A properly bled floor jack operates more efficiently. It can save you time and effort when lifting vehicles or objects, making your work more productive.

5 Main Reasons to Bleed a Floor Jack

Here are some reasons why you might need to bleed a floor jack:

1. Loss of Hydraulic Pressure

Over time, air can infiltrate the hydraulic system of a floor jack, leading to a gradual loss of hydraulic pressure.

This loss of pressure can significantly impact the jack’s lifting capacity, making it less effective at lifting heavy loads.

2. Slow or Inconsistent Lifting

The presence of air in the hydraulic system can result in slow and inconsistent lifting actions. When you operate a floor jack with air bubbles in the hydraulic fluid, it may cause the lifting process to be jerky or irregular.

3. Safety Concerns

Air bubbles in the hydraulic system pose a significant safety concern when using a floor jack.

They can lead to sudden drops or instability during lifting operations. These unexpected movements can endanger your safety and damage the load being lifted.

4. Preventive Maintenance

Regular maintenance is essential to keep your floor jack operating at its best. Bleeding the floor jack is considered a preventive maintenance practice.

5. Fluid Changes and Repairs

Whenever you introduce new hydraulic fluid or perform repairs on a floor jack’s hydraulic components, bleeding becomes a necessary step.

This process ensures that the hydraulic system is free of air, guaranteeing the proper functioning of the jack.

Preventing Floor Jack Bleeding: Tips for Maintenance and Care

Here are the preventive measures to avoid floor jack bleeding, presented in headings and paragraphs:

1. Regular Maintenance

Regular maintenance is your first line of defense against floor jack bleeding. Conduct routine inspections of your floor jack, checking for signs of wear and tear, leaks, or any damaged components.

Address any issues promptly to prevent air from infiltrating the hydraulic system.

2. Use High Quality Hydraulic Fluid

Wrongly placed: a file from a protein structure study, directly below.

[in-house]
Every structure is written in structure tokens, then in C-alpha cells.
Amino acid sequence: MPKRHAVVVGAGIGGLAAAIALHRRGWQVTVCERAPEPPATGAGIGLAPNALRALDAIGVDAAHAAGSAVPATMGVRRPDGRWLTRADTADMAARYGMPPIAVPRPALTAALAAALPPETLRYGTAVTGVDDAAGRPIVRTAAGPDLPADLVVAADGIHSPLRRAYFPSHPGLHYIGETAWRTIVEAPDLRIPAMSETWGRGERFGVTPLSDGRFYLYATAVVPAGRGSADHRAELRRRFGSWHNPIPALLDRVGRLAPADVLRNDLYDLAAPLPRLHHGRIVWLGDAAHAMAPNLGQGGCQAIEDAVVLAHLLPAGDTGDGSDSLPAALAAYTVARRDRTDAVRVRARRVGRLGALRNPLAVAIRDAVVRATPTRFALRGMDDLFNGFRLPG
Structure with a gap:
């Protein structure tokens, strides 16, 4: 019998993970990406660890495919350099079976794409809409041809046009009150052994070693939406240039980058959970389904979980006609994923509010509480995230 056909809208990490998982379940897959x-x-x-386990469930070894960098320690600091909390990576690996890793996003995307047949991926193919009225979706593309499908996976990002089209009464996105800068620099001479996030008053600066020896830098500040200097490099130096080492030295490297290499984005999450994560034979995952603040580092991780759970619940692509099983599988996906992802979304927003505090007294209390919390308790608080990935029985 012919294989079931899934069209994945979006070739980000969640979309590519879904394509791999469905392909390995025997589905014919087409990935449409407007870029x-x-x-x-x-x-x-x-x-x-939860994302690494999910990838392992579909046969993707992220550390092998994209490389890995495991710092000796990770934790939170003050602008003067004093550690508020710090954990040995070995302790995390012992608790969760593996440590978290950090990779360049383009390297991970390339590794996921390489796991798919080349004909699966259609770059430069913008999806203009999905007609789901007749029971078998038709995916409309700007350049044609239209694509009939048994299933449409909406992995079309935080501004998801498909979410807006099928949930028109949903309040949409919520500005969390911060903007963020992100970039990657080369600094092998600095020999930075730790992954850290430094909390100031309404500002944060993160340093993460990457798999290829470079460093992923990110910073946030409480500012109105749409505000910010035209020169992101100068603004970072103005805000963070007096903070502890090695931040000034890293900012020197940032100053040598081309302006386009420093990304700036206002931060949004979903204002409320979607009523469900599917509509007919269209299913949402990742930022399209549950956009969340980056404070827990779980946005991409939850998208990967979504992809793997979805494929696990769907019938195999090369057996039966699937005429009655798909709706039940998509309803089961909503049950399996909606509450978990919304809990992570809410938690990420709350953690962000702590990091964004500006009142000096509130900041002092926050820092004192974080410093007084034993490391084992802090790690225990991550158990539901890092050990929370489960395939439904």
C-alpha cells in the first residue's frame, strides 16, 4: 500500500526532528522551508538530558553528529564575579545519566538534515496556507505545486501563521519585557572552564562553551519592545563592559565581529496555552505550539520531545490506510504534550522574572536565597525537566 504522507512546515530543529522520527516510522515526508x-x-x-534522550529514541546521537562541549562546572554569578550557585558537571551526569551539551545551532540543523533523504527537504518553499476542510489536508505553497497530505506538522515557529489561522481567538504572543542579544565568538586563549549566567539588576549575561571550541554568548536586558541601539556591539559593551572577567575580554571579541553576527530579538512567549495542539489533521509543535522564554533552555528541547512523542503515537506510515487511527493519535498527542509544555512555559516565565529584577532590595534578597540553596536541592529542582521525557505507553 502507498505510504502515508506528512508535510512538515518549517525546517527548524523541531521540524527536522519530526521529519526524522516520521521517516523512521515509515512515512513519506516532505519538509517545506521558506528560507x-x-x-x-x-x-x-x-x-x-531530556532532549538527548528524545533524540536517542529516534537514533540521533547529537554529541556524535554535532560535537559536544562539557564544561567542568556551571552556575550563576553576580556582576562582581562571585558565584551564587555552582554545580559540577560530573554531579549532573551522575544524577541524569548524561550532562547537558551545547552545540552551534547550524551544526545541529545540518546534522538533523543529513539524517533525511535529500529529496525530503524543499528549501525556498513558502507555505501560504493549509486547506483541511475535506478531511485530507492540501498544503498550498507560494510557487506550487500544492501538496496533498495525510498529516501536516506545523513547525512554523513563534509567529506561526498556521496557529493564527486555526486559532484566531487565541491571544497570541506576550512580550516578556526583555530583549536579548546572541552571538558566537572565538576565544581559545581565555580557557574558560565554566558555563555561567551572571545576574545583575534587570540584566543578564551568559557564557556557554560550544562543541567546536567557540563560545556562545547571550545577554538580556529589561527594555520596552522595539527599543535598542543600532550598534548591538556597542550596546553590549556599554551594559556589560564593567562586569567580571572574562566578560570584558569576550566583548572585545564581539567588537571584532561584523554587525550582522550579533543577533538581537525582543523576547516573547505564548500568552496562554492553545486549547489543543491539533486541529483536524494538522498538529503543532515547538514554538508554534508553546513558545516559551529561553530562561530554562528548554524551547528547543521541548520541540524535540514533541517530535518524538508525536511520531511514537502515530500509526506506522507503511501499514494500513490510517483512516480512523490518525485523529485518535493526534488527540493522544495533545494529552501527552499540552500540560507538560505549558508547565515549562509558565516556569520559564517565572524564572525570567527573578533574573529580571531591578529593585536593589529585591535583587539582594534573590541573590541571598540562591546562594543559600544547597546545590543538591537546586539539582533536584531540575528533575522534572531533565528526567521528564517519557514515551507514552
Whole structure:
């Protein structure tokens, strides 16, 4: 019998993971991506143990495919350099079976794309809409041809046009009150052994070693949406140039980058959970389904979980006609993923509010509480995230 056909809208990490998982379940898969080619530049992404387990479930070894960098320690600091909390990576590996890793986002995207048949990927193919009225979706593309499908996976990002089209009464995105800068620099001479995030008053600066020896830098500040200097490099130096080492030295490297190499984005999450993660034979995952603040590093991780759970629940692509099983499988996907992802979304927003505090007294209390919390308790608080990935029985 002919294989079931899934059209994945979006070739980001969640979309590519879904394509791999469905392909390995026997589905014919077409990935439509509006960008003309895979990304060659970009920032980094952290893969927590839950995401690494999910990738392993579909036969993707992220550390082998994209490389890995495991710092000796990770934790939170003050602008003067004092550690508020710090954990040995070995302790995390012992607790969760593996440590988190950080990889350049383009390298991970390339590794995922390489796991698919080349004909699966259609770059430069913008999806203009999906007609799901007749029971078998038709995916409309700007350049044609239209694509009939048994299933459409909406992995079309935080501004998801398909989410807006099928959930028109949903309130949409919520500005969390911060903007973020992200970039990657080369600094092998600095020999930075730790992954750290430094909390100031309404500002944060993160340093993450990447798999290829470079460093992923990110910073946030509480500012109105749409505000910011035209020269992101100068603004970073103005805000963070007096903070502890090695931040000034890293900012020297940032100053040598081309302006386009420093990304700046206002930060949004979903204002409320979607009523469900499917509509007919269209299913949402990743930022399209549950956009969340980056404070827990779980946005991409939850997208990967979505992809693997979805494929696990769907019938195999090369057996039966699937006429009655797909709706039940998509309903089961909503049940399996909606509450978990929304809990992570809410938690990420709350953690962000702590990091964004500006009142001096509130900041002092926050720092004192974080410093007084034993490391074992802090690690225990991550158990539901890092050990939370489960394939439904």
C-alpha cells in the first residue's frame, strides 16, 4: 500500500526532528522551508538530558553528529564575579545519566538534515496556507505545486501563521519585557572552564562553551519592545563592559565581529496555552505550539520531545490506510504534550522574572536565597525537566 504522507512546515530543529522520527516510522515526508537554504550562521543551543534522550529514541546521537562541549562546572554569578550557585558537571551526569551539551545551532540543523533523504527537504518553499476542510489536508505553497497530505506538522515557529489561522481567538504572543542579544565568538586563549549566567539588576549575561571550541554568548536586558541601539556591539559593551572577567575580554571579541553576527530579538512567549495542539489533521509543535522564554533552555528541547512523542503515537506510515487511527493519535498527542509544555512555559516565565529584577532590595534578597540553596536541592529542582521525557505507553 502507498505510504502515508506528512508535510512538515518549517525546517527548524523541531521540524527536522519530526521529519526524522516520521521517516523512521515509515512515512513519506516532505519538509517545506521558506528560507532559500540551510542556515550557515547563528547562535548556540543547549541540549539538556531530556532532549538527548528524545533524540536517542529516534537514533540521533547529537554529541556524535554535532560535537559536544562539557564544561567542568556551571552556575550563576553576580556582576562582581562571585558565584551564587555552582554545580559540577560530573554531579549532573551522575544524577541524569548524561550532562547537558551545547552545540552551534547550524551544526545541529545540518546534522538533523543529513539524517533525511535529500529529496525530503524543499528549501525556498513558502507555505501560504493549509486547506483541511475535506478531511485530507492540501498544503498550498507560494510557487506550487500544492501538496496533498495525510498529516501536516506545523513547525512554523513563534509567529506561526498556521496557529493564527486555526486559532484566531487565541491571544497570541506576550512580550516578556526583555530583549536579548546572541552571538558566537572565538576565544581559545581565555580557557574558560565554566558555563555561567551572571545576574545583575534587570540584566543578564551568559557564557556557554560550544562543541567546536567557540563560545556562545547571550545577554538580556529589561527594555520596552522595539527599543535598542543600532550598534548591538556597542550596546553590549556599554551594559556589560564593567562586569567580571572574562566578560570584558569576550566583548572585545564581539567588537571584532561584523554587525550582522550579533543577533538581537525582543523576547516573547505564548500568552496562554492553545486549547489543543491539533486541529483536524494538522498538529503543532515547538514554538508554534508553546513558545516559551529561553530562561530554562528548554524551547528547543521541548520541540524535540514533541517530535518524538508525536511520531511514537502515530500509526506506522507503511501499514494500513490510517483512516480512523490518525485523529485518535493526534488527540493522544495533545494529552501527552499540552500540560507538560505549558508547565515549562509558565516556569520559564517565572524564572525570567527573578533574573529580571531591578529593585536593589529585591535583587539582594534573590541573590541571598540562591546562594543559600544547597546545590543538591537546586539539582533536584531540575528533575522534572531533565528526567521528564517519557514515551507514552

Always adhere to the manufacturer’s recommendation and use the specified high-quality hydraulic fluid.

Choosing the correct type and quality of fluid is crucial for maintaining the hydraulic system’s integrity and minimizing the risk of air intrusion.

3. Check Fluid Levels

Regularly inspect the hydraulic fluid level in your floor jack and ensure it remains at the recommended level, as indicated in the owner’s manual.

Top off the fluid when necessary to maintain a properly sealed hydraulic system.

4. Proper Storage

Store your floor jack in a clean and dry environment when it’s not in use. Protect it from extreme temperatures, moisture, and contaminants that could compromise the integrity of the hydraulic system.

5. Avoid Overloading

Never exceed the recommended weight capacity of your floor jack. Overloading the jack can place undue stress on the hydraulic system, potentially causing air to enter.


Regularly bleeding your floor jack, following the steps outlined in this guide, is essential for maintaining a safe and efficient workspace. Don’t underestimate the importance of proper maintenance, as it can make all the difference when you’re working beneath a heavy vehicle.

By taking the time to bleed your floor jack correctly, you’ll ensure it performs reliably, keeping you safe and your projects on track. If you have any questions or need further clarification on the process, feel free to ask in the comments below. Your safety and the longevity of your floor jack are worth the effort!


How often should I bleed my floor jack?

You should bleed your floor jack whenever you notice decreased performance or air in the hydraulic system. It’s a good practice to do it annually for preventive maintenance.

Can I use any hydraulic fluid for my floor jack?

It’s best to use the hydraulic fluid recommended by the manufacturer to ensure compatibility and optimal performance.

What should I do if the bleeder screw is stuck?

If the bleeder screw is stuck, apply penetrating oil and wait for it to loosen. Be patient and avoid using excessive force to prevent damage.

Is it normal for hydraulic fluid to become discolored over time?

Yes, hydraulic fluid can darken with use, but if it becomes excessively dirty or contaminated, it’s advisable to replace it.

Can I use my floor jack without bleeding it?

While you can use it, bleeding is essential for safety and efficiency. Neglecting to bleed the jack may result in unstable lifting and potential accidents.